Download Media Images And Representations (Contemporary Native by C Richard King PDF

By C Richard King

This publication explores media insurance of local american citizens: in print and tv journalism, in motion pictures and tv, in local American media shops, and on the net. It additionally examines using local american citizens as mascots.

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The resulting biased coverage read like that written by war correspondents. It painted the American Indian Movement (AIM) and its members as radicals and subversive, warriors best understood as violent and hostile. At these moments, the more positive regard of the press and the public reverted to anti-Indianism, and was little changed from the previous century and eerily familiar from Hollywood westerns. The tensions within mainstream news coverage simultaneously romanticizing and demonizing American Indians, reflected the deep ambivalence with which Americans have long regarded Native Americans: good/bad, noble/savage, warrior/victim, and so on.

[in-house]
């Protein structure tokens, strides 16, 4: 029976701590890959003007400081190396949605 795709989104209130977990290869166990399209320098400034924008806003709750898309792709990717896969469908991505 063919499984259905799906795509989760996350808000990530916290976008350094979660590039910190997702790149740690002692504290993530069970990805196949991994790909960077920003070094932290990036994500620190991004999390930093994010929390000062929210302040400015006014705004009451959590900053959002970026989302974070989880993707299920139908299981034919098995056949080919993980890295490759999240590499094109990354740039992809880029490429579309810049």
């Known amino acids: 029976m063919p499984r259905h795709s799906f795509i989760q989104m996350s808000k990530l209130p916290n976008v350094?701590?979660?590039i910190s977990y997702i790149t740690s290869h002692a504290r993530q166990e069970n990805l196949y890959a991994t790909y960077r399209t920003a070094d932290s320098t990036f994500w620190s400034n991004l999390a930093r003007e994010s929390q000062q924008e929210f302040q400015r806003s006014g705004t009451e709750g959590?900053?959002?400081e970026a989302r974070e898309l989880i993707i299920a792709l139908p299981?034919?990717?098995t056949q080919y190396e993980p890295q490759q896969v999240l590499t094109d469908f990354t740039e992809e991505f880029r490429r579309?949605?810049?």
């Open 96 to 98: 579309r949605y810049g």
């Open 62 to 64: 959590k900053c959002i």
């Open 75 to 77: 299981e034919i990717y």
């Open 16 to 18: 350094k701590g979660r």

A determined enemy of white settlers and soldiers alike, he is the subhuman counterpart to the noble savage. The entertainment industry has not tired of the ignoble savage over the past century, conjuring him time and again, from the anonymous Indians in Battle at Elderbrush Gulch to the Pawnee adversaries in Dances with Wolves. Finally, it must be noted that the Hollywood Indian has been decidedly male, only occasionally giving indigenous women more than a sideways glance, and then, almost invariably as the mythic Indian princess, including Sonseeahray in Broken Arrow and the title character in Pocahontas.

While multiculturalism and an increased awareness of, if not sensitivity to, difference, promised to offer fuller, more human renderings of Native Americans, sadly, many mainstream images traveled backward in time and tone to speak to audiences in the present. On television, Dr. Quinn Medicine Woman retold the history of the frontier in romanticized terms, while Twin Peaks and Northern Exposure featured prominent indigenous characters in modern, if eccentric, settings. On the silver screen, with three exceptions, the crime drama Thunderheart (1992), the laughable Last of the Dogmen (1995), and the WWII action picture Windtalkers (2002), movies over the past fifteen years have told sweeping historical epics of cultural contact, unavoidable conflict, and impending doom.

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